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When you are 31 weeks pregnant, your baby is growing and growing and is now about the same length as from your elbow to your fingertip.

It is time to start preparing for giving birth. A common worry among pregnant women is how they are going to cope with labor pain. In addition to various pain relief methods, understanding what the labor pain is really about, may help to mitigate your worries.

Week 30 | Week 32

31 weeks pregnantPin

What to Expect When 31 Weeks Pregnant

How many months is 31 Weeks Pregnant?

At 31 weeks, you are in month 7 of pregnancy and the third trimester. Only two more months to go. This is the last week of the seventh month, and soon you’ll be pregnant for the full seven months and enter month 8.

Because of the confusion that often happens with counting pregnancy weeks and months, we wrote a short guide to help you understand it.

Your Baby at 31 Weeks

How Big is my Baby at 31 Weeks?

The fetal age of your baby is now 29 weeks. Your baby measures around 3.3 pounds (1.5 kg) – that’s around four navel oranges. The baby is now around 16 inches (40.6 cm) long, similar to the distance between your fingertip and your elbow. At 31 weeks, your baby is the size of a coconut.

If born now, the baby would still need a bit more help and medical care. However, at 31 weeks, the survival rate is up to 99%.

What Does my Baby Look Like at 31 Weeks Pregnant?

The legs and the body are starting to round up as more fats accumulate under the skin. Your little one is getting plumper every day.

Some babies are already positioned head down at this point, which is the optimal position for birth. However, if your baby still hasn’t rotated in the head-down position, don’t worry, there is still time and room for it.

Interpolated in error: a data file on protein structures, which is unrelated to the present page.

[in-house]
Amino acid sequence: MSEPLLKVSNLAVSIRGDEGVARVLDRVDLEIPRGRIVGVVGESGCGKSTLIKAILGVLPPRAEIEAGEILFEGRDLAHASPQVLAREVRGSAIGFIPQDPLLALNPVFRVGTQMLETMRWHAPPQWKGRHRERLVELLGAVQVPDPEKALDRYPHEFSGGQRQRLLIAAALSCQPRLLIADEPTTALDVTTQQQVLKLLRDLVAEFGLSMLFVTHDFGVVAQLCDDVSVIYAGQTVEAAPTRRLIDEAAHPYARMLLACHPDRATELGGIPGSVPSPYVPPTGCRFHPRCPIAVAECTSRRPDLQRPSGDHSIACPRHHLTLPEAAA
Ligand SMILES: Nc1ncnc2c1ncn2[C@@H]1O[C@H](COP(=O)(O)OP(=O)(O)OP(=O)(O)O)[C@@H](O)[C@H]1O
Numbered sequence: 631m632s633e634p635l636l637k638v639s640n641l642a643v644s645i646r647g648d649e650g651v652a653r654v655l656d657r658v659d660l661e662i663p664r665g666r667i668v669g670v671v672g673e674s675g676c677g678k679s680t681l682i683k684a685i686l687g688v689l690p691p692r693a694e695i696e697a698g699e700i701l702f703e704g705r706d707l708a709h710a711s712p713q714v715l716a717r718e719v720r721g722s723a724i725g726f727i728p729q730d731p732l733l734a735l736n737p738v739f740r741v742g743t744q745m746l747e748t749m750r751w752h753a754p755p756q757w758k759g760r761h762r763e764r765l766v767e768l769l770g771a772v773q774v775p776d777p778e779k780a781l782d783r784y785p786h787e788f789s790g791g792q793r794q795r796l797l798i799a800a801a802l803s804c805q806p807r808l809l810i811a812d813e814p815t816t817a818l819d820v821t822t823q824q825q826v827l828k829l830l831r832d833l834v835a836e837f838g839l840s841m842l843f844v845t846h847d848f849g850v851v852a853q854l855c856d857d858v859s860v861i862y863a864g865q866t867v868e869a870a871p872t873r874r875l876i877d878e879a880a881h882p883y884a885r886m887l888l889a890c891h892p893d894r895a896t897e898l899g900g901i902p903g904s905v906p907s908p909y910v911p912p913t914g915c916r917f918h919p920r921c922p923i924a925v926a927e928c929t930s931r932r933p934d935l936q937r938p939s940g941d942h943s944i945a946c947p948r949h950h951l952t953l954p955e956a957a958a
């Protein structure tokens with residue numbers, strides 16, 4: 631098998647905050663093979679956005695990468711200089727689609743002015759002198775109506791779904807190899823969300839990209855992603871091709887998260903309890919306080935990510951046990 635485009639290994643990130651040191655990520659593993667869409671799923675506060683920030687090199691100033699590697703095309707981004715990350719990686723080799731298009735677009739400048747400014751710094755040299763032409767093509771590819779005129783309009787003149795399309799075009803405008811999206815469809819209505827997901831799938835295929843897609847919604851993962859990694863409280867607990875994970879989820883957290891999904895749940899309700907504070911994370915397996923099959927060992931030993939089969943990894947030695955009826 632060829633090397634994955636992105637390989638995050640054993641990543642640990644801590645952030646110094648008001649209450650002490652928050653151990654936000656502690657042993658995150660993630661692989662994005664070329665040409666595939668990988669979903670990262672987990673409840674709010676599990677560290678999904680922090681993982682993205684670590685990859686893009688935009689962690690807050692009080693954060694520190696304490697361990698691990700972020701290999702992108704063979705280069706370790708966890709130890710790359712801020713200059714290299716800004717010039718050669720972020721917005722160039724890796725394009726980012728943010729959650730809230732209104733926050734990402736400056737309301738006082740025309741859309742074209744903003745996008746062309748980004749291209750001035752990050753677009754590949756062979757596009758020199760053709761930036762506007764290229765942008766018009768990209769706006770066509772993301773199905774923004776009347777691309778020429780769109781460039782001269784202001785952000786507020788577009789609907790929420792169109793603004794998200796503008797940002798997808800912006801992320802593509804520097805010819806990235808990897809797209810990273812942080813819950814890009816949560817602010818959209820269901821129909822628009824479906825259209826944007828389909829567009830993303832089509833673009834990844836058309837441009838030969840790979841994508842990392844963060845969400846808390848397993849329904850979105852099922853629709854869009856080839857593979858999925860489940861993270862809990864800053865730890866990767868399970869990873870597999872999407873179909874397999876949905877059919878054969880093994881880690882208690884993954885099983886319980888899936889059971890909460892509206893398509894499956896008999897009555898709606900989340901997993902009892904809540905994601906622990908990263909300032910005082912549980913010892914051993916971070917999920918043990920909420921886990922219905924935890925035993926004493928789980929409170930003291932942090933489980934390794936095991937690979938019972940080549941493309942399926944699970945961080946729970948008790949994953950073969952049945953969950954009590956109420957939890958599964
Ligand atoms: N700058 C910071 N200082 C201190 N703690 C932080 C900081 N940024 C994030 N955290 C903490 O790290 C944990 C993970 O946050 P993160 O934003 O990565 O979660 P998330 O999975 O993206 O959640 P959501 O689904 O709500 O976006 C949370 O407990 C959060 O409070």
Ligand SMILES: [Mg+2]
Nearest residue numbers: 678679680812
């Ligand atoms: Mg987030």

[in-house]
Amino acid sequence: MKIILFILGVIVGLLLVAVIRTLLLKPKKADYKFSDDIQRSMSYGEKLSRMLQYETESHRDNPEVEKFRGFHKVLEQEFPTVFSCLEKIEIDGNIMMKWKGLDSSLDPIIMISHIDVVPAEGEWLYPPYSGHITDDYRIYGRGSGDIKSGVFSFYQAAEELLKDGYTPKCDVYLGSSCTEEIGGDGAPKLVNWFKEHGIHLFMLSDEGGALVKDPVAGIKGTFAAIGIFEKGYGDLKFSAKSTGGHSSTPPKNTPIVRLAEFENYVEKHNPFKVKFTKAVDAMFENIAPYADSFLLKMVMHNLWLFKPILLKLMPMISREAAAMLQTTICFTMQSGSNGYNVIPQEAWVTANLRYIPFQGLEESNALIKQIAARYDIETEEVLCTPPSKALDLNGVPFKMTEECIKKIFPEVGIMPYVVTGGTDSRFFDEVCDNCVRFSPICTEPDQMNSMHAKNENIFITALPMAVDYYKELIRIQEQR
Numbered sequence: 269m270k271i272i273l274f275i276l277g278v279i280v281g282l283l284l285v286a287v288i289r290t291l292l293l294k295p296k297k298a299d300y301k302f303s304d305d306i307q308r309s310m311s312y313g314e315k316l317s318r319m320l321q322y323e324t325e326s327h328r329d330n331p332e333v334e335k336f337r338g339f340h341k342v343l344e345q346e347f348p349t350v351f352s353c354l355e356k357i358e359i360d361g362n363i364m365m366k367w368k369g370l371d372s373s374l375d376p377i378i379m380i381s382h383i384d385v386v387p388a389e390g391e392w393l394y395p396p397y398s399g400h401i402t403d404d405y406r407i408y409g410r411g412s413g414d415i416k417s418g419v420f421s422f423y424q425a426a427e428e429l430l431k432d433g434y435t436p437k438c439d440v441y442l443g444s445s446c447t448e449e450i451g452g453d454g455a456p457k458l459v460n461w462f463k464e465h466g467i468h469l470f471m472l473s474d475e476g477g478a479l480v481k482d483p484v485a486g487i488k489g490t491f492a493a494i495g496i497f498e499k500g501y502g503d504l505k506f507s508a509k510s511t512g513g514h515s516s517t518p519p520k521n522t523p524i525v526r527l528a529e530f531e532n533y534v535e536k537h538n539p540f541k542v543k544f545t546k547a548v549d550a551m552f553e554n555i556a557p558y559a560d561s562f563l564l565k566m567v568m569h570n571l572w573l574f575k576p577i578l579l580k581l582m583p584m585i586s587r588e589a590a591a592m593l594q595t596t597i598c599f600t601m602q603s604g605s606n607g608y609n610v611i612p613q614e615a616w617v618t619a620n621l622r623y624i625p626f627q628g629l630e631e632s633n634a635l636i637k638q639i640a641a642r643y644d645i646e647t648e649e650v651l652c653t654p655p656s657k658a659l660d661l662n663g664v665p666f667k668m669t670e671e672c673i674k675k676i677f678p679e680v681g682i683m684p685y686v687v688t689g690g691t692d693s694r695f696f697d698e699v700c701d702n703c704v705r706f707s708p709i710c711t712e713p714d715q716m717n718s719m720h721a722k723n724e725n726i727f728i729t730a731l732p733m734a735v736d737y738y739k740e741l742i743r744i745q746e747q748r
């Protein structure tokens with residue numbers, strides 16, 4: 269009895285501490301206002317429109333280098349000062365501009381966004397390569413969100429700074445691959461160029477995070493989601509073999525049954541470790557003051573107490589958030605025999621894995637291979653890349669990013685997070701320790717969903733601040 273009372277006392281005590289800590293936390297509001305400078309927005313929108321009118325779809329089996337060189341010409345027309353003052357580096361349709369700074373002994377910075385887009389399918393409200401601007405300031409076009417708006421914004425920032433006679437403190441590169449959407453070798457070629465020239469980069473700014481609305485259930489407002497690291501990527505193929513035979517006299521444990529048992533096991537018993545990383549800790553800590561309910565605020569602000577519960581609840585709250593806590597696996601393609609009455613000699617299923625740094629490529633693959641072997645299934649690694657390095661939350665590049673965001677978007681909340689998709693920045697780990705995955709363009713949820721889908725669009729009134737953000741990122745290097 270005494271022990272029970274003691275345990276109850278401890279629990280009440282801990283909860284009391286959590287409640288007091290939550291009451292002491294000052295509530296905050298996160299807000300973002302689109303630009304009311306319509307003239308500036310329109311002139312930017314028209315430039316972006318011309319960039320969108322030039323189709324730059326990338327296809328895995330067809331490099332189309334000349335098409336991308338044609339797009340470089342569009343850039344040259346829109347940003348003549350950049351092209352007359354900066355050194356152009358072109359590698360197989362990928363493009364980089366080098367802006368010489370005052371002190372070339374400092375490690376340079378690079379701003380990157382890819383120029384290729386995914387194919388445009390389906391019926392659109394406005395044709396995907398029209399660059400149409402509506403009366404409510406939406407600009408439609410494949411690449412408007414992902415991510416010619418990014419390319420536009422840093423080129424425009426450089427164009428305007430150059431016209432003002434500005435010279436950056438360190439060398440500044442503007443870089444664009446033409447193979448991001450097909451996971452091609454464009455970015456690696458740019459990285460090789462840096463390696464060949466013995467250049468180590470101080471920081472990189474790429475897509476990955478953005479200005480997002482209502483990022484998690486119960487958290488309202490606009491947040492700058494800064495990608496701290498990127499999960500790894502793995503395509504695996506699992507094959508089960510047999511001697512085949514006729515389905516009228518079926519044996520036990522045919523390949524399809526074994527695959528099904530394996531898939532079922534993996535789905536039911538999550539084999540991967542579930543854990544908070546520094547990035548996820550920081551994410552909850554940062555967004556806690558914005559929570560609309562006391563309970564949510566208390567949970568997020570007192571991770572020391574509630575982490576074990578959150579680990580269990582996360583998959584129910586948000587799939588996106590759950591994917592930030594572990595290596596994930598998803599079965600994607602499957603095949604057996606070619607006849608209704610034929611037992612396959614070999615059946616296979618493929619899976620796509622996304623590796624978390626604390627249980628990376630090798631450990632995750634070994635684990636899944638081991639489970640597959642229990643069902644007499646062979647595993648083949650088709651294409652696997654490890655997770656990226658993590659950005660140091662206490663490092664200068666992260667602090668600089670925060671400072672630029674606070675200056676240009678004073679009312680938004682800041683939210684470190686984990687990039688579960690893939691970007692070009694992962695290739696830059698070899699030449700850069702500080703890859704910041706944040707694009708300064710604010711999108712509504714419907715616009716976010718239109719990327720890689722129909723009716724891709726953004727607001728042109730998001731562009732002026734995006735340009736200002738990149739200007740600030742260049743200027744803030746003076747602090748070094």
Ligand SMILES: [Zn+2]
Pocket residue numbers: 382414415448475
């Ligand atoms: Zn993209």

Fetal development

31 weeks ultrasoundPinYour baby now has the ability to turn the head from side to side.

You may also notice that your baby is moving a lot, causing you to sleep less. Take this positively. It only means that you have an active and healthy baby inside your womb.

The brain develops rapidly and is expected to function well since there are already billions of neurons present. And your baby can now make use of all five senses since the connections between the individual nerve cells are now becoming more developed. You may be wondering if all of the senses will be used while the baby is still inside. Well, your baby can’t smell anything yet since she is surrounded by amniotic fluid. But one thing for sure is true –the sense of smell is now developed, though it is not being used yet.

Your little one can now make faces, swallow, hiccup, and pedal her hands and feet inside your womb. While still inside the womb, some babies even suck their thumb vigorously.

According to research, at 31 weeks, the baby can slowly blink, approximately 6 to 15 times an hour.

Make sure you have sufficient calcium, folic acid, protein, and iron in your diet. It is necessary at this stage since your baby’s bones become harder.

Mom’s Body When 31 Weeks Pregnant